Wand focuses on ‘noises and textures’ on new record “Golem”

Laura Rostad, Staff Reporter

Psych-rock band Wand released its new record “Golem” on Wednesday, following up its debut release of “Ganglion Reef” last spring.

“Golem” features nine raucous tracks with heavy electric guitar, slamming drums, and deep synths, accompanied by Hanson’s hypnotic vocals. The idea behind “Golem” was an album that would closely resemble the band’s live sound. The Los Angeles based outfit includes vocalist, guitarist and synth player Cory Hanson, drummer Evan Burrows, guitarist Daniel Martens and bassist Lee Landey.

“We wanted to make a live-oriented record where we were performing all the songs pretty much the way they were going to sound in the end, with a couple added things,” Hanson said. “In the end we added a lot of stuff, like little noises and textures. ‘Golem’ was more about preserving the performances, whereas I think ‘Ganglion Reef’ was more of studio record in terms of there being a lot of melodies and sounds.”

These “noises and textures” really highlight the psychedelic aspect Wand’s psych-rock ambiance. The intricate layerings of sounds are audible throughout “Golem.” The band combined a series of field recordings, analog equipment and studio effects to achieve these sounds.

“I like to use both worlds because at a certain point they connect harmoniously in this weird way,” Hanson said. “You can make a really nice sounding analog record and you use processing from your computer to make it. It doesn’t have to be one or the other, that’s for sure.”

Hanson said he brings most of his song ideas to the band so they can collaborate as a group. During the creating and song writing process of “Ganglion Reef,” Wand was not officially a band yet; however, the whole group was much more involved with the mixing process for “Golem.”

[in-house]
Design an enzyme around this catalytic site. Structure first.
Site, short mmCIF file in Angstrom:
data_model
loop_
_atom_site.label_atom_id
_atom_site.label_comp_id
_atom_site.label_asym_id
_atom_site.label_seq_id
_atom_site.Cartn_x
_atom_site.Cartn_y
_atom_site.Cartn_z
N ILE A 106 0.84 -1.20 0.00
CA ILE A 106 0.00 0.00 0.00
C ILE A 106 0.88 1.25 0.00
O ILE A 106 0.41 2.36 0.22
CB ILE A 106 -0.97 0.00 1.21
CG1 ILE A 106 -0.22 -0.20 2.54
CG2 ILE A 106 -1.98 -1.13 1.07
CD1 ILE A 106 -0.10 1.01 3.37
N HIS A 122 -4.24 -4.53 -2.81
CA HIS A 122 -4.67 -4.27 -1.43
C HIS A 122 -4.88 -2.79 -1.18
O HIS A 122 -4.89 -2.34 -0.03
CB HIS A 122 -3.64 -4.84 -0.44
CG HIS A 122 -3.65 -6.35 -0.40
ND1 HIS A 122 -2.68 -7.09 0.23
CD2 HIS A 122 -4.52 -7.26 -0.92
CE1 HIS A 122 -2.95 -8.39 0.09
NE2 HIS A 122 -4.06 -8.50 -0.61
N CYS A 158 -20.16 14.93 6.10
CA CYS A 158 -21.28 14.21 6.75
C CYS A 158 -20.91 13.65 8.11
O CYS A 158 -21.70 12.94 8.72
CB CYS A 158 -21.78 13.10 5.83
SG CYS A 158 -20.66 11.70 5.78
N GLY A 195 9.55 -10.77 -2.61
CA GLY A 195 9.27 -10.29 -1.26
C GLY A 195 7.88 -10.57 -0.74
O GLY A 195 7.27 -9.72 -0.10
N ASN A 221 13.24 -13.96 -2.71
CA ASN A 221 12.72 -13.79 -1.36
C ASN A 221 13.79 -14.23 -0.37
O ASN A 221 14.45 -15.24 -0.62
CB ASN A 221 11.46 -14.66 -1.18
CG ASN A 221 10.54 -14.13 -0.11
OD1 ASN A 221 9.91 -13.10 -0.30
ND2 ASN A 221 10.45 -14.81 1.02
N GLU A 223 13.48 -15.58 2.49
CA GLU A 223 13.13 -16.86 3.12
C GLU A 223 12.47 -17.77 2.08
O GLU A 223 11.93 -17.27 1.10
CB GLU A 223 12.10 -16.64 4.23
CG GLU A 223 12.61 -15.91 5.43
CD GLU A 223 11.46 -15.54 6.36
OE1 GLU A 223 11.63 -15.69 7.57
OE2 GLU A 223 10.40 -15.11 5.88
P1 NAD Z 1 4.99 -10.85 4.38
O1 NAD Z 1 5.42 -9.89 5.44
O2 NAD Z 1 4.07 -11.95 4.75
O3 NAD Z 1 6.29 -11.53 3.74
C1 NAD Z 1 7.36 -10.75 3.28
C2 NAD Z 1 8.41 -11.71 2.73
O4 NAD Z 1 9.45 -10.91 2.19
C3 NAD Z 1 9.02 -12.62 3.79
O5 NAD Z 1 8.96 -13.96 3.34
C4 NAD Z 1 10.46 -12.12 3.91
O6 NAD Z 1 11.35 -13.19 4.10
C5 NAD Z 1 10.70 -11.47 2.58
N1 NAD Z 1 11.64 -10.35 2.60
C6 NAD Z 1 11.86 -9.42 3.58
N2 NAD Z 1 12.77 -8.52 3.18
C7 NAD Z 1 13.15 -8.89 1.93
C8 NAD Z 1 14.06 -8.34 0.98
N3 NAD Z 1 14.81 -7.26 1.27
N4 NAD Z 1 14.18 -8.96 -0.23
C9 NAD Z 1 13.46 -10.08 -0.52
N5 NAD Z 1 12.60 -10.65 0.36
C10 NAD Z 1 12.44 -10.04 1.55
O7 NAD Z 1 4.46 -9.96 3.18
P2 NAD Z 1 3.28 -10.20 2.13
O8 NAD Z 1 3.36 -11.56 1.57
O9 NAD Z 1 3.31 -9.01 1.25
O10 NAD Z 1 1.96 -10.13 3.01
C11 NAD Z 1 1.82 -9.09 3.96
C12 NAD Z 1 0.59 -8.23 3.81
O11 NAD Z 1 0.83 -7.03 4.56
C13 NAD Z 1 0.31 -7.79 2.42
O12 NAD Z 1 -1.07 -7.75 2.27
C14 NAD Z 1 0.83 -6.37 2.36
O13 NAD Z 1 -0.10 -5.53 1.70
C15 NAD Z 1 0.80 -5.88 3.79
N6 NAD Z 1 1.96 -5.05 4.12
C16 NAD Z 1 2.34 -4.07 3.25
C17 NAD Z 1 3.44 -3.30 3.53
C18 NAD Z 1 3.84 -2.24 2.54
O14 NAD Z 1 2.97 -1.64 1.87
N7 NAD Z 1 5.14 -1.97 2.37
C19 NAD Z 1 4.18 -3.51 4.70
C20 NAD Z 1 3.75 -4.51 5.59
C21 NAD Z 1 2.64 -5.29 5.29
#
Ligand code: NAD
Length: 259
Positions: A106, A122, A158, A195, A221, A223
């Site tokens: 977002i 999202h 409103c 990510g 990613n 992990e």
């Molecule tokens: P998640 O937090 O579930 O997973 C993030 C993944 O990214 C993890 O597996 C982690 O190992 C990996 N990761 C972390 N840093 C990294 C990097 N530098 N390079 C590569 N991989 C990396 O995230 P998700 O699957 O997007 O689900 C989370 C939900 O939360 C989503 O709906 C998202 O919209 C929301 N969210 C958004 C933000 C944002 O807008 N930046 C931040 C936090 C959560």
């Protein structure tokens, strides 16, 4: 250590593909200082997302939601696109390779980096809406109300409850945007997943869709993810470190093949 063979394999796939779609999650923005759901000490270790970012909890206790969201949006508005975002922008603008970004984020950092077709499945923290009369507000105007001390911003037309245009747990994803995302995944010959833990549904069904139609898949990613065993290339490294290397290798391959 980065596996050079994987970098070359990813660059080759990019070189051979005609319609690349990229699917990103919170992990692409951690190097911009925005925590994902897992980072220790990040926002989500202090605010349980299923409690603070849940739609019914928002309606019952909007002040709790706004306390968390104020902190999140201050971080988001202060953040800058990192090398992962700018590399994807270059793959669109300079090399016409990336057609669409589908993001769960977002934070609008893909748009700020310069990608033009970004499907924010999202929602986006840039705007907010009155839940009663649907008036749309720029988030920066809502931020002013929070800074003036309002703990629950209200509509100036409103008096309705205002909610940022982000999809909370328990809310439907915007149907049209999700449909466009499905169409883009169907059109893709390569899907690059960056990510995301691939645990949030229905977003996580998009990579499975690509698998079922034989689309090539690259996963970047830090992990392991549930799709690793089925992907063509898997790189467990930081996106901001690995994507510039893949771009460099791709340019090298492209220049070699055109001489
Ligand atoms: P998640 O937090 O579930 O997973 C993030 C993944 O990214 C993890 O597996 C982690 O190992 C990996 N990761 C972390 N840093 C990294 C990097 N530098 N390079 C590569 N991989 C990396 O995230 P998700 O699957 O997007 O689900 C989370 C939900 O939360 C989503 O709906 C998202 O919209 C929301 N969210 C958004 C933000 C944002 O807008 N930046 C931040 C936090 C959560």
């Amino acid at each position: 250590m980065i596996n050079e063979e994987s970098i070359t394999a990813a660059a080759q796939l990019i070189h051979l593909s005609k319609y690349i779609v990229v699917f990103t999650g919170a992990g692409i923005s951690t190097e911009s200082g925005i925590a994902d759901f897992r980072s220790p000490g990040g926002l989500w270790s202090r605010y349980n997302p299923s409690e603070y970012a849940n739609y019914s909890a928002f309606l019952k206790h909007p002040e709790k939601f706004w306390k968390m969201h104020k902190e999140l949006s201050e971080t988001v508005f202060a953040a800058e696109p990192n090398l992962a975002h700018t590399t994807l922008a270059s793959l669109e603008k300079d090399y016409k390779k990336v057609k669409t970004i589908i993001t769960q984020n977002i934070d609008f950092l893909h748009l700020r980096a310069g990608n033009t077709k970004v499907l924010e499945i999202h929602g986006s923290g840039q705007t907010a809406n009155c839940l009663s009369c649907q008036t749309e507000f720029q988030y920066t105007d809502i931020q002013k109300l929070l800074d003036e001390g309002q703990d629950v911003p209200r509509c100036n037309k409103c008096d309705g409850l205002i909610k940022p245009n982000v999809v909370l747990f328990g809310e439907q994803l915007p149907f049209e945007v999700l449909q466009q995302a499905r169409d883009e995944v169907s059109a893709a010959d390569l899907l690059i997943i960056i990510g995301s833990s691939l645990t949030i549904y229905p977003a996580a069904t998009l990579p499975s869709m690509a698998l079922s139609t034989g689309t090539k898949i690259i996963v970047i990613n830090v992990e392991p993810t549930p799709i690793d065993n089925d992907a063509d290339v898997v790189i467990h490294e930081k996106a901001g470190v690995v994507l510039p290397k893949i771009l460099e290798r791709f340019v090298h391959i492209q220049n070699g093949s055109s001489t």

“Usually we talk a lot,” Hanson said. “I’ll write a whole song and come in and be like ‘I got this song, but I don’t know if it’s any good.’ Then I’ll play it for everybody and we’ll learn it and then stop and go ‘Now what just happened?’ and talk about the experience of the playing the song and what could be different. It’s a pretty dialogue-driven song writing relationship that we all have. We have a lot of talking and sorting the finer details out. For the most part I’ll come up with an idea on the way to practice and be like what if we did this? And a lot of times it doesn’t work out, and sometimes it does.”

The members of Wand started playing together during the time they attended California Institute of the Arts, which is located in Valencia, not too far from Los Angeles. Prior to that, Hanson and Landey, both grew up amidst the Los Angeles music scene.

“We’ve seen and been super influenced by a lot of the bands that have come out of the Los Angeles scene, especially the early Smell days and bands like No Age,” Hanson said. “I used to play shows in LA when I was 15 or 16. That was around the time that Ty [Segall] was playing in Epsilons and they were a crazy Orange County band.”

The amorphous music scene of Los Angeles is coated with punk, rock and psychedelic influences. Like many of the bands that are born in Los Angeles, Wand can’t be neatly tucked away in any single scene or genre.

“Los Angeles is constantly folding onto itself all the time; scenes will pop up and things will happen and in an instance they’re gone,” Hanson said. “There isn’t a scene that I can say Wand is apart of. We’re affiliated with some things, but I don’t know if I can say those are really scenes either.” 

Wand will take the stage at 10 p.m. on Sunday at Siberia. Opening acts feature local swamp rock group Babes and garage rock band Mystery Lights.

“Last time I played in New Orleans my guitar got smashed in half,” Hanson said, “so we’ll see what happens this time.”